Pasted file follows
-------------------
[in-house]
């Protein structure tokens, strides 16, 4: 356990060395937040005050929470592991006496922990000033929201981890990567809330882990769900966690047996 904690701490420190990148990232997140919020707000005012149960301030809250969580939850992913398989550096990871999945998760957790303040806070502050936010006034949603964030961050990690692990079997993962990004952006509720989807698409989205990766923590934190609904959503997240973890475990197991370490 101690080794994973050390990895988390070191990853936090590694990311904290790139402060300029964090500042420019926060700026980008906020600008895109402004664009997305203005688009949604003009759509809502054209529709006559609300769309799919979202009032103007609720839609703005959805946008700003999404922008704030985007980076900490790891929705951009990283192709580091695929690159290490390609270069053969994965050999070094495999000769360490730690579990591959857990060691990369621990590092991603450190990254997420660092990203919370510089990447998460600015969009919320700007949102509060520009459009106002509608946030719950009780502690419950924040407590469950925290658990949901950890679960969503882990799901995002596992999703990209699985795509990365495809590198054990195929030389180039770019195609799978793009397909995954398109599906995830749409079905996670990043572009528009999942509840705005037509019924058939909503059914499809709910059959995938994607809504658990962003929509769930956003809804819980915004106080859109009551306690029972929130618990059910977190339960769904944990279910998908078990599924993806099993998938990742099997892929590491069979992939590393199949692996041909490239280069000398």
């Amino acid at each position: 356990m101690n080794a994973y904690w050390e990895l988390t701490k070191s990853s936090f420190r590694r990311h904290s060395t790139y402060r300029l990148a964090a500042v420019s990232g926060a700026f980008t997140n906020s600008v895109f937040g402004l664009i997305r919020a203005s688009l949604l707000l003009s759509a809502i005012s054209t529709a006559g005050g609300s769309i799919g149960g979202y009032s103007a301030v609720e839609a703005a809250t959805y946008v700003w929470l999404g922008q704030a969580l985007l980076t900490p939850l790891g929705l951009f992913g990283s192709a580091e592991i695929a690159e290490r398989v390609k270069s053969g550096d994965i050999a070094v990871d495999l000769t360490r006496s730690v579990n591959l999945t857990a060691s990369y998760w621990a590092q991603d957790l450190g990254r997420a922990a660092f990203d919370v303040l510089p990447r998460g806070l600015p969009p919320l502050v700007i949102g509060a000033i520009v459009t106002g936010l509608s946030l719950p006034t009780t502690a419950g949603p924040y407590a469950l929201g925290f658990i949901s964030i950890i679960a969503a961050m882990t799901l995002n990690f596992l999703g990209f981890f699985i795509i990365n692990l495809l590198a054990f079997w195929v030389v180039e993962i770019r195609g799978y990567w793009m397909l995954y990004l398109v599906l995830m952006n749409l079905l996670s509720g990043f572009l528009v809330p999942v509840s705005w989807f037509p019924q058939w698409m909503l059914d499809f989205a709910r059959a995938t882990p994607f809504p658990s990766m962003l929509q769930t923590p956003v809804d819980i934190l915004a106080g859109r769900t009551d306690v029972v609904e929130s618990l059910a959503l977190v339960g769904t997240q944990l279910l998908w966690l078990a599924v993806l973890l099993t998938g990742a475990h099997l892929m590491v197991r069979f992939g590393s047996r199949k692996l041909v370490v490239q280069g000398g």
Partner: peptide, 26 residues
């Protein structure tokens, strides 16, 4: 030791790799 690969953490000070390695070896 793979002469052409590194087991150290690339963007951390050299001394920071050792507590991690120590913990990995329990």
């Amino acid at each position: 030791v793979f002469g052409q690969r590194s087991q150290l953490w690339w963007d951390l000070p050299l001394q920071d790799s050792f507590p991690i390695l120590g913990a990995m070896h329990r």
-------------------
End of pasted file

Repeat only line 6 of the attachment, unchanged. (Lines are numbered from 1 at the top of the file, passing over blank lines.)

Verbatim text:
């Amino acid at each position: 030791v793979f002469g052409q690969r590194s087991q150290l953490w690339w963007d951390l000070p050299l001394q920071d790799s050792f507590p991690i390695l120590g913990a990995m070896h329990r």